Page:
k=k0 [1+(TKk) (ΔT)]
In the above k0 signifies the slope of the characteristic line at the reference temperature T0 with reference to which the temperature change ΔT is figured. Then for the abscissa value of the point 15, we have:
P1 =P0 +(U1 -U0)/k and hence
P1 =P0 +(U1 -U0)/k0 (1+TKk ΔT)
FIG. 3 shows an evaluation circuit by which temperature compensation can be carried out by the method above described. The evaluation circuit contains a microcomputer 20 which is operatively connected to an input/output circuit 21 not further described here, since input/output circuits, like microcomputers, are very well known in the measurement art. In addition there are provided a memory or storage unit 22 and an analog-to-digital converter 23. The units 20, 22 and 23 are connected together in a known way by a data bus 24 and an address bus 25. The input magnitudes are supplied by sensors 26 and 27 to the analog-to-digital converter 23, the sensor 26 being the actual measurement sensor, for example a pressure sensor which delivers the sensor signal U.sub.(P,T). The sensor 27 is a temperature sensor provided in the immediate neighborhood of the actual measurement sensor 26 as indicated at 28. The temperature 27 provides a signal U.sub.(T) which corresponds to the temperature of the sensor 26. In a first embodiment of the invention, the coordinates U0, P0 of the point 14 are supplied to the analog-to-digital converter 23 over potentiometers 29 and 30 respectively. In the case of every compensation calculation, the analog-to-digital converter 23 is then interrogated in order to obtain in digital form the values U0 and x0 which must be taken account of in the temperature compensation. This manner of proceeding has the advantage that the values U0, P0 can also be corrected later, for example when the sensor 26 is replaced.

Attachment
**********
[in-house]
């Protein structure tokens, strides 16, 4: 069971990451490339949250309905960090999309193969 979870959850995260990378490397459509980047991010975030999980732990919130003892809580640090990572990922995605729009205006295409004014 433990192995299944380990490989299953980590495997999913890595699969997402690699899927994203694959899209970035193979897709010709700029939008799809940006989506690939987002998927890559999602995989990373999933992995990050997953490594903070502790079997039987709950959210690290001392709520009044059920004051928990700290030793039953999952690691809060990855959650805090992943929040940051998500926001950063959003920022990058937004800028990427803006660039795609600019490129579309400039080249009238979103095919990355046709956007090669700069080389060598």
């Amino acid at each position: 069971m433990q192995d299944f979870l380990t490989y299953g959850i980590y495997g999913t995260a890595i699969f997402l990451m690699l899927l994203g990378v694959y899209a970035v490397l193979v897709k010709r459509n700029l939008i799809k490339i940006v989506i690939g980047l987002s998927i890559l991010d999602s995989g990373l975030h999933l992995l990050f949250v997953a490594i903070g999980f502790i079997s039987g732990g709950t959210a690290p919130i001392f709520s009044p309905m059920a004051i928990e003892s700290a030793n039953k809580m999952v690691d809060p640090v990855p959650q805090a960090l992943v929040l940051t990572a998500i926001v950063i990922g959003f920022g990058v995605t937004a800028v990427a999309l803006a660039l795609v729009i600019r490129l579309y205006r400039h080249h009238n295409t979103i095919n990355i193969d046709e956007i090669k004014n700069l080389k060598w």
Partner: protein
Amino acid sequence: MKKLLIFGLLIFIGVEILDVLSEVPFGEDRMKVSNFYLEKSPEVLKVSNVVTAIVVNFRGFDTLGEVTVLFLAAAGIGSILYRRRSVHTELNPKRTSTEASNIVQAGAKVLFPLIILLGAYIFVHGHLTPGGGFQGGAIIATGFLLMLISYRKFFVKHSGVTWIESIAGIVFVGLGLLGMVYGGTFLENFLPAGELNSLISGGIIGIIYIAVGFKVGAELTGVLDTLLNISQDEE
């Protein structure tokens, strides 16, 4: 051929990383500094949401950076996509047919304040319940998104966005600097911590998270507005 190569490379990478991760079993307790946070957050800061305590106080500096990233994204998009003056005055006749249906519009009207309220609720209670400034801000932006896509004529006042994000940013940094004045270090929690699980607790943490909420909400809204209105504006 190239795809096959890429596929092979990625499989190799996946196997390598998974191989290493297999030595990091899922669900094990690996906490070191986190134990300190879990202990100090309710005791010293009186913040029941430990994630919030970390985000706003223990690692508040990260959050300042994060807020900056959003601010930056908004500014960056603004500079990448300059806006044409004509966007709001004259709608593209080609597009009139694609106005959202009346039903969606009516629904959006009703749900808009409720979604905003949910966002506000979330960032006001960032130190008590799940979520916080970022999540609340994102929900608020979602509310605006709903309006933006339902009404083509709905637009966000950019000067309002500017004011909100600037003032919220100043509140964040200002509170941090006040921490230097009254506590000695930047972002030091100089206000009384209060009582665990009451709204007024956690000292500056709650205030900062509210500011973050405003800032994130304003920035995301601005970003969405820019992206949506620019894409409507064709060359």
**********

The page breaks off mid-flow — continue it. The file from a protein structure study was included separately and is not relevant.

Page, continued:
The same applies also for another embodiment of the invention in which the values U0, P0 are supplied directly as digital signals at circuit inputs of the microcomputer 20, as indicated at 31, because here again, when the sensor 26 is replaced, the signals supplied to the microcomputer inputs can be changed if needed.
Finally, in a third embodiment of an evaluation circuit for use in the process of the invention, the values U0,P0 are deposited in a store 22, for example a ROM, as indicated at 32. In this manner, a particularly quick pick-up of this information with minimum vulnerability to disturbance is provided, as can advantageously be utilized if the values U0,P0 do not change.
It will be understood that the method above described and the evaluation circuit utilized is not limited to pressure sensors, but can be applied with advantage to the signals of all temperature-dependent sensors. Thus, although the invention has been described with reference to a particular illustrative example, variations and modifications are possible within the inventive concept.
Thus, for example, instead of using the temperature coefficient of the slope in the calculation of the temperature corrected measurement value, the temperature coefficient of the offset can be used.
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|U.S. Classification||702/86, 702/99, 702/104, 73/861.03, 73/765|
|International Classification||G01D3/028, G01L19/04, G01R19/32, G01D3/036|
|Cooperative Classification||G01D3/0365, G01R19/32, G01L9/025, G01L19/0092|
|European Classification||G01D3/036B, G01R19/32, G01L19/04|
|Sep 7, 1990||FPAY||Fee payment|
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|Aug 30, 1994||FPAY||Fee payment|
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|Aug 27, 1998||FPAY||Fee payment|
Year of fee payment: 12